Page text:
Paisley Attracts Audience
Glen Dale native and country music superstar Brad Paisley’s first network variety show drew a huge number of viewers and generated an enthusiastic response from a nationwide audience earlier this month.
A spokeswoman for the singer and guitarist said the show, titled “Brad Paisley Thinks He’s Special,” attracted 6.3 million viewers when it aired Dec. 3 on ABC and it was the most watched show on ABC for the evening, according to Nielsen.
The program also attracted considerable buzz online as viewers took to social media in support of the show. Paisley’s spokeswoman said the TV special had more than 390,000 social interactions across Instagram, Facebook and Twitter, according to Nielsen Social Content Ratings.
If your holiday plans include a jaunt to Pittsburgh, you might want to make time in your schedule for a visit to the Carnegie Science Center, where the Miniature Railroad & Village exhibit is marking its centennial celebration this year.
The display’s 100th season features a new historic replica depicting Kaufmann’s Department Store and clock, which were landmarks in downtown Pittsburgh.
Officials of the Carnegie Science Center said visitors to the Miniature Railroad “will get to see a replica of the original downtown store, known as the ‘Grand Depot,’ complete with 15 window displays, a Swarovski crystal chandelier and delightful details that bring the magic of Kaufmann’s to life in miniature. Visitors will be intrigued by the original version of Kaufmann’s clock as well.”
Kim Amy, interim deputy director of the center, explained, “For the exhibit’s centennial anniversary, we knew this year’s model had to be extra special, a place Pittsburghers feel a sentimental connection to, the way they feel connected to the timeless Miniature Railroad.”
“Pittsburghers have a very deep-rooted ownership of their cultural institutions,” said Patty Everly, curator of historic exhibits. “The Kaufmann’s model brings to the Miniature Railroad a sense of activity, life and local pride. Visually it’s very captivating because it is such a big piece. It brings diversity to our display and helps us tell the immigrant story.”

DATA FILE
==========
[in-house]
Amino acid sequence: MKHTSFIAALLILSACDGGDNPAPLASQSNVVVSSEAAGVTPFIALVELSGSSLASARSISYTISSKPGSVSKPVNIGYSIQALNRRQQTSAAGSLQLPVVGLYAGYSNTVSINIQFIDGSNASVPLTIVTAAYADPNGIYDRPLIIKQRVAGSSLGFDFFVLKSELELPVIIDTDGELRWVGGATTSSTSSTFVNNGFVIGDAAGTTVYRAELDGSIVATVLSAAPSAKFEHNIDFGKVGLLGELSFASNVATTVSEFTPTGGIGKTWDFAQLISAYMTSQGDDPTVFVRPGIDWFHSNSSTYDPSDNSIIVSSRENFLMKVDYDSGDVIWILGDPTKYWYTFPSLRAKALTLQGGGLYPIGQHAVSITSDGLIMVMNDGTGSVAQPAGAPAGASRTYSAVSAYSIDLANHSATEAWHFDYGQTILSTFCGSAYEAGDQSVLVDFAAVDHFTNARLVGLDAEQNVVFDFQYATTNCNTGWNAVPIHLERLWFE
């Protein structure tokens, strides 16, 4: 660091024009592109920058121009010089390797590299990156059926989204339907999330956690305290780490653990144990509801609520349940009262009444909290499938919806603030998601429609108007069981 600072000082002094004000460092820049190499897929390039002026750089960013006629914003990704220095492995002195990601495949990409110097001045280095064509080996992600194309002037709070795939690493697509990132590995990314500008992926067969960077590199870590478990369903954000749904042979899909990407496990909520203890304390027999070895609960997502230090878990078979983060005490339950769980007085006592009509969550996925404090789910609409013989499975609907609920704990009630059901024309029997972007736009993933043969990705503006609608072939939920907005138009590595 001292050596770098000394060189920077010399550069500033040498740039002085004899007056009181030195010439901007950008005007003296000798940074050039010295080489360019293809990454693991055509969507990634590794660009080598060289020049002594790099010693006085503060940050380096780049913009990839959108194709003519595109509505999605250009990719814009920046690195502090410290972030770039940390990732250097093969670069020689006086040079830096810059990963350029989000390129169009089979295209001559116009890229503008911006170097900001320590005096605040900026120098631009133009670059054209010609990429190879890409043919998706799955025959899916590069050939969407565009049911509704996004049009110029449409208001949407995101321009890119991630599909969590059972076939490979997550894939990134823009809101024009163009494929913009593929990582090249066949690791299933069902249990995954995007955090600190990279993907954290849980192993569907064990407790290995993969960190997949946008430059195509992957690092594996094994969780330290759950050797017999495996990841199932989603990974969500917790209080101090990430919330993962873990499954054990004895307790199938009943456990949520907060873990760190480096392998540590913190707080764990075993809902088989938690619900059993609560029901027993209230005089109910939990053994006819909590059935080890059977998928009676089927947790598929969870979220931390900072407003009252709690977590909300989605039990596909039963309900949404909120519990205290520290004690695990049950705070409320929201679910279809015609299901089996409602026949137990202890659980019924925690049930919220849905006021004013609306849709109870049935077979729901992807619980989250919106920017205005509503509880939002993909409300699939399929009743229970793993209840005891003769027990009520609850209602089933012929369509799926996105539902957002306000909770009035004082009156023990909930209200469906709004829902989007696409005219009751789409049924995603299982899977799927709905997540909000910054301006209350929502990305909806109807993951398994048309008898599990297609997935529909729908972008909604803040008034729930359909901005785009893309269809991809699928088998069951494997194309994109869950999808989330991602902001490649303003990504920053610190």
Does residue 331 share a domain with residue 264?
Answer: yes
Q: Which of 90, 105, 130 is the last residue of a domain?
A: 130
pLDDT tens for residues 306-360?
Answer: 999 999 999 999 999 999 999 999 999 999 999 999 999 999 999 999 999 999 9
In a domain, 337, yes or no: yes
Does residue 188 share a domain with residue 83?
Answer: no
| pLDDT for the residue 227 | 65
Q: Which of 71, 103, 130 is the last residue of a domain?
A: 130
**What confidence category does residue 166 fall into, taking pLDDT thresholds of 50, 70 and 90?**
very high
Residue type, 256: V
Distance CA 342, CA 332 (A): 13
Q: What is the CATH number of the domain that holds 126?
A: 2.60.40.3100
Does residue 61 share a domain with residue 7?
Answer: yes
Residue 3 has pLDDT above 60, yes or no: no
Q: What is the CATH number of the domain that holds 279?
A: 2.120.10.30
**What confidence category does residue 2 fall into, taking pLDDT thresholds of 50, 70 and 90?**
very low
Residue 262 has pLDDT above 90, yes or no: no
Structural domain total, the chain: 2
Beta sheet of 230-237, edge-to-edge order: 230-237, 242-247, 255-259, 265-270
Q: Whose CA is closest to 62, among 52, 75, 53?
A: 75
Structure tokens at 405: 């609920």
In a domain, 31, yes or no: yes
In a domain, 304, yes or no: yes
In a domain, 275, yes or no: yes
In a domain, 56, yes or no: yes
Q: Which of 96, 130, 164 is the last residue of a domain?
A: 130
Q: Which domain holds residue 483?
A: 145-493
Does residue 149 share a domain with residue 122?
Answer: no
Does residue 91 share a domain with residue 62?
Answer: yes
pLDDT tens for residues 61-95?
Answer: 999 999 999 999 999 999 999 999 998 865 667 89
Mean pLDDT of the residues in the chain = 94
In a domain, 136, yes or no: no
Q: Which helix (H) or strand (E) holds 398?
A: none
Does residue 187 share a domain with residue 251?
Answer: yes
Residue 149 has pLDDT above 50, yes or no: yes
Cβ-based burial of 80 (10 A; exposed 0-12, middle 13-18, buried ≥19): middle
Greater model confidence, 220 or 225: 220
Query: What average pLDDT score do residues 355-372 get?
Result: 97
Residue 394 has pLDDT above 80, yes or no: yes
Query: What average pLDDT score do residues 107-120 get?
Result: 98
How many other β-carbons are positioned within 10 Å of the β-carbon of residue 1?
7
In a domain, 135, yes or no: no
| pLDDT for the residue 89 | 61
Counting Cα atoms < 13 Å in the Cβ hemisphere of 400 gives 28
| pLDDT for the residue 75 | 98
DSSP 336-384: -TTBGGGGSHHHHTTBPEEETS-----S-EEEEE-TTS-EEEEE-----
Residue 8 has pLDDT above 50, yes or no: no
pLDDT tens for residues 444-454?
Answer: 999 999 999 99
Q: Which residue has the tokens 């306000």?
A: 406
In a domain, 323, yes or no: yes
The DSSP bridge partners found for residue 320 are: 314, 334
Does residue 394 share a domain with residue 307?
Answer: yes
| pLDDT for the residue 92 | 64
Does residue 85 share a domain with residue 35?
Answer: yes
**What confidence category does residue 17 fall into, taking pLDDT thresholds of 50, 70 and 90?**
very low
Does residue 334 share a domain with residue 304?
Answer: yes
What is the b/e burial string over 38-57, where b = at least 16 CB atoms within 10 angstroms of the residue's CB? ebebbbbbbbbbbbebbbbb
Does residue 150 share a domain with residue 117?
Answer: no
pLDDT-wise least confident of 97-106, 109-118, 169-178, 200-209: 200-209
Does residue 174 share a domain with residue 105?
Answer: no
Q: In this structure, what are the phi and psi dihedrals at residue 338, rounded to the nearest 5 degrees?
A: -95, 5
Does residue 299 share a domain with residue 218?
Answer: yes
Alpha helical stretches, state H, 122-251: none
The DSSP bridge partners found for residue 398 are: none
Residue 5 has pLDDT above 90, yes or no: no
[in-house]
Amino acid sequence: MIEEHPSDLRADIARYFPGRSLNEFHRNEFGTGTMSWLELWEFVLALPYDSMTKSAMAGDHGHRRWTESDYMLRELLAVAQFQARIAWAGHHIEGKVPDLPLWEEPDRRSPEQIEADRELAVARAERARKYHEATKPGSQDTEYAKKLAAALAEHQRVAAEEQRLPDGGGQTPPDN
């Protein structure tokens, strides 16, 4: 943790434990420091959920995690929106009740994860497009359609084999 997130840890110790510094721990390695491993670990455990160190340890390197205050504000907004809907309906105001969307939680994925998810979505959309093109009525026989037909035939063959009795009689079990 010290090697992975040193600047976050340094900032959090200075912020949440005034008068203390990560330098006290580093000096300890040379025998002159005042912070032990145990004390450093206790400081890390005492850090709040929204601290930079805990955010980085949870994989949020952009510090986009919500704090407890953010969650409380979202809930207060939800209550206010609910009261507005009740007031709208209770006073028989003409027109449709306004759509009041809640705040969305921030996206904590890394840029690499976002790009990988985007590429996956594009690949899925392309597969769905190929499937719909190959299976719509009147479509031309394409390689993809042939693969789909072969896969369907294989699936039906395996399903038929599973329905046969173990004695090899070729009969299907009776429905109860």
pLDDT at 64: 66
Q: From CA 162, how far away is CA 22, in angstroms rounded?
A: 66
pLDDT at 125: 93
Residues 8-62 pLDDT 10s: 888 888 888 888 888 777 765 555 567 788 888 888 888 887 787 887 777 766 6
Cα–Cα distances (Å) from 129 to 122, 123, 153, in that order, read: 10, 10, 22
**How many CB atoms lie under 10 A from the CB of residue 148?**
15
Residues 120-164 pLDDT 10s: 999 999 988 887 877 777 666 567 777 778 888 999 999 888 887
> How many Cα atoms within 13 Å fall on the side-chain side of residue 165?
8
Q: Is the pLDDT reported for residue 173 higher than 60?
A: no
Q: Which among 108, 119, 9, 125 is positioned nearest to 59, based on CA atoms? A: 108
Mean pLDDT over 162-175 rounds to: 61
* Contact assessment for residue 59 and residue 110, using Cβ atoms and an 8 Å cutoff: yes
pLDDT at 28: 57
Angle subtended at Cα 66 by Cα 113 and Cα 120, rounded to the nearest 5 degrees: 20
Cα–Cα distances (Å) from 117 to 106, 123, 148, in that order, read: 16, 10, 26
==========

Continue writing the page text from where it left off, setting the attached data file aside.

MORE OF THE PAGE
According to the science center, the sprawling layout for the model railroad was created by Charles Bowdish in 1919 and displayed at his home in Brookville, Pennsylvania, to entertain guests at his brother’s wedding. In 1954, the display was moved to the former Buhl Planetarium and Institute of Popular Science in Pittsburgh. It was relocated to Carnegie Science Center in 1992.
Now, the Miniature Railroad & Village “includes more than 100 cleverly constructed animations, 250,000 handmade trees, and replicas of historic western Pennsylvania landmarks, such as Primanti Bros. in the Strip District, Forbes Field, Donora’s Cement City and Gobbler’s Knob,” officials stated.
The Miniature Railroad is open during the Carnegie Science Center’s regular operating hours and entrance is included with general admission.
As we reach the high point of the holiday season, I continue to be impressed, and humbled, by the outpouring of generosity that area residents share with neighbors in our local communities.
No matter what your religious beliefs, or lack thereof, a major tenet of our society is to help people in need. Folks in the Ohio Valley always do their fair share, and beyond, at this time of year.
Happy Hanukkah and Merry Christmas, dear readers!
Linda Comins can be reached via email at: firstname.lastname@example.org